And then there were three (plus one).
The PAC 12 has been a muddled mess this year. I suppose that this is not news to anybody. Being in a state of disarray is as normal to the PAC as groping accusations are to Kevin Spacey (too soon?).
Nevertheless, we now have a sharpening of the conference picture. The clubbing of Arizona by USC and the win by WSU over Stanford means that we, essentially, have three teams left in serious contention for the PAC 12 championship:
It is true that there is a path still available to Stanford which isn’t inconceivable (they would have to win out including against UW and then hope that WSU loses one of their final two). So, we’ll call them a “plus one” consideration.
The other three teams still standing have all put themselves in positions to completely control their own destinies. It is a pretty good bet that one of these three is going to be your 2017 PAC 12 champion.
Beyond them, the key storylines in the conference continue to revolve around teams that disappoint and teams that might be (or are) looking for new coaches.
- UCLA and Jim Mora seem all but certain to part ways after their second disaster-filled season in a row.
- ASU’s Todd Graham may have saved his job once again, but he might also be back on the verge of losing it again next week.
- Oregon is an offensive mess as they wait for the QB to heal.
- Colorado can’t get right.
- OSU remains mired in one of the worst funks in the country.
It ought to be an interesting November as teams look to continue to try to get bowl eligible and close out the first set of recruits that will ever be signed in an early December signing period.
Let’s get on with the rankings.
The Cool Chart
Rest of the PAC
12. Oregon State (1-8 / 0-6)
Cal 37, OSU 23
The Beavers are descending into the depths of the PAC 12 and are now running the risk of going through the season without a conference win. If such a decline secured their right to the first pick in the draft, fans might be ok with it. But this is college. It is not a socialist-driven monopolistic enterprise.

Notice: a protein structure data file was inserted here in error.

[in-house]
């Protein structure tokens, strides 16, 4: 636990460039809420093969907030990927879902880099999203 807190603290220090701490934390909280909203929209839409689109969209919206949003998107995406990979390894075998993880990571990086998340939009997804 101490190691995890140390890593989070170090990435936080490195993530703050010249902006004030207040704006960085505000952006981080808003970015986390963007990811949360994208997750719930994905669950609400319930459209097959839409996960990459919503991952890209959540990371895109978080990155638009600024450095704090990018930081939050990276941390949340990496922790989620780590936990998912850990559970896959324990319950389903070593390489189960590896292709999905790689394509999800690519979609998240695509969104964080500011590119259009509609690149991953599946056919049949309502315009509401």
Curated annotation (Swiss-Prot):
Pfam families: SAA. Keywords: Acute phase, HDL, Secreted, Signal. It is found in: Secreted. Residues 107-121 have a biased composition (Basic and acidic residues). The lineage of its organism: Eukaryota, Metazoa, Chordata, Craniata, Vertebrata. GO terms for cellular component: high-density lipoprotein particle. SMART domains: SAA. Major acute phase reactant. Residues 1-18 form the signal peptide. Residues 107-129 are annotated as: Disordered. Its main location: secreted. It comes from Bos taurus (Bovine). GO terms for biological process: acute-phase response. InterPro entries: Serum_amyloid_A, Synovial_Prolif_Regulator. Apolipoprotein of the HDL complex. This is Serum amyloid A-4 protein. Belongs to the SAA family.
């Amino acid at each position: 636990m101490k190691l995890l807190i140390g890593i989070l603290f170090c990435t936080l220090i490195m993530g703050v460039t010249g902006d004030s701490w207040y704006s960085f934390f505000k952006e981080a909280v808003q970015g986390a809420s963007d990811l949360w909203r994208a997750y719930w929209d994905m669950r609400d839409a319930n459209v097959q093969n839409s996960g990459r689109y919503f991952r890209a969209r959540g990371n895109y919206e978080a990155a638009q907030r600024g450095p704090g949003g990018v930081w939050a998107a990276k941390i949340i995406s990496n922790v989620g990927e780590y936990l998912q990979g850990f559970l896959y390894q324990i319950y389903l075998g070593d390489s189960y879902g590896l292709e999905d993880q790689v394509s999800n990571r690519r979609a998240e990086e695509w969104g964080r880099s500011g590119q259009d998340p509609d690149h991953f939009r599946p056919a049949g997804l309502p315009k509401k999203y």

In other words, there is no upside here.
Cory Hall is doing a good job keeping the ship together. His players are fighting. That’s all you can ask.
But OSU has to get a full time coach selected. They have a unique opportunity to have someone in place well before the December signing period and to get a decent recruiting class together. There are plenty of coaches on the street that might be a fit in addition to Hall himself.
Get to work, Barnes. Hire your coach before a bunch of other jobs open.
POG: LB Manase Hungalu (20 tackles, 1 TFL, 1 QBH)
If this were just about any other team in the PAC, we’d be talking about Hungalu as a possible DPOY candidate. He is that good. Unfortunately, his efforts are getting wasted in obscurity down in Corvallis. He’s a senior now, so we’ll next be seeing him blow dudes up in the NFL.
11. UCLA (4-5 / 2-4)
UCLA 17, Utah 48
The vultures are circling in Westwood. A 31 point shellacking against a division rival feels like a “final act” moment before Jim Mora’s carcass is offered up in sacrifice.
The Bruins were completely stagnant in this one. Backup QB Devon Modster showed good pocket presence and wicked touch on his passes before getting injured. But he was one of the few bright spots. The rest of the game was a comedy of errors with players tripping over their shoelaces play-after-play allowing Utah players to roam uncovered wherever they wanted to go. It was shocking to see given that the Bruins did show some level of effort early in the Husky game the week before.
This is a broken football team with injuries all over the roster. Offensively, you can now add Modster and WR Darren Andrews to a list that already includes QB Josh Rosen (concussion) and TE Caleb Wilson. After going 4-8 last year, the prospect of a repeat performance must now be considered.
POG: WR Darren Andrews (3 recs, 66 yards, 1 TD)